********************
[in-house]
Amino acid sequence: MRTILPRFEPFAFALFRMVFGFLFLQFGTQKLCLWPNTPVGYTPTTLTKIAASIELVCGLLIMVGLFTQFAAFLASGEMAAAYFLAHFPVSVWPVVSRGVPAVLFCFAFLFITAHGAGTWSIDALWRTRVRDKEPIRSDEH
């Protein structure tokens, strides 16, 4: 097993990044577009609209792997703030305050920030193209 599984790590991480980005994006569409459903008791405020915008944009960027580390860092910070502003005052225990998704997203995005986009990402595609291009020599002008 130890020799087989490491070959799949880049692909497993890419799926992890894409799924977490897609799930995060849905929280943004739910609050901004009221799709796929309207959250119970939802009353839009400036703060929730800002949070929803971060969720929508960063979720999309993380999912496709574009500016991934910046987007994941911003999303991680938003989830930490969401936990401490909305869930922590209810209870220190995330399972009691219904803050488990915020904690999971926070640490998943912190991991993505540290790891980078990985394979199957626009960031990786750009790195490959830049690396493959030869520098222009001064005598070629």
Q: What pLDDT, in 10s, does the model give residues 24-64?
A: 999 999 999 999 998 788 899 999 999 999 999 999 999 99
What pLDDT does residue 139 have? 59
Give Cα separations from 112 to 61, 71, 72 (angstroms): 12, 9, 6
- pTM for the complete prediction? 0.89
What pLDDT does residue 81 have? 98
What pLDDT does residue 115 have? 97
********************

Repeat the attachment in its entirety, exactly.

[in-house]
Amino acid sequence: MRTILPRFEPFAFALFRMVFGFLFLQFGTQKLCLWPNTPVGYTPTTLTKIAASIELVCGLLIMVGLFTQFAAFLASGEMAAAYFLAHFPVSVWPVVSRGVPAVLFCFAFLFITAHGAGTWSIDALWRTRVRDKEPIRSDEH
């Protein structure tokens, strides 16, 4: 097993990044577009609209792997703030305050920030193209 599984790590991480980005994006569409459903008791405020915008944009960027580390860092910070502003005052225990998704997203995005986009990402595609291009020599002008 130890020799087989490491070959799949880049692909497993890419799926992890894409799924977490897609799930995060849905929280943004739910609050901004009221799709796929309207959250119970939802009353839009400036703060929730800002949070929803971060969720929508960063979720999309993380999912496709574009500016991934910046987007994941911003999303991680938003989830930490969401936990401490909305869930922590209810209870220190995330399972009691219904803050488990915020904690999971926070640490998943912190991991993505540290790891980078990985394979199957626009960031990786750009790195490959830049690396493959030869520098222009001064005598070629």
Q: What pLDDT, in 10s, does the model give residues 24-64?
A: 999 999 999 999 998 788 899 999 999 999 999 999 999 99
What pLDDT does residue 139 have? 59
Give Cα separations from 112 to 61, 71, 72 (angstroms): 12, 9, 6
- pTM for the complete prediction? 0.89
What pLDDT does residue 81 have? 98
What pLDDT does residue 115 have? 97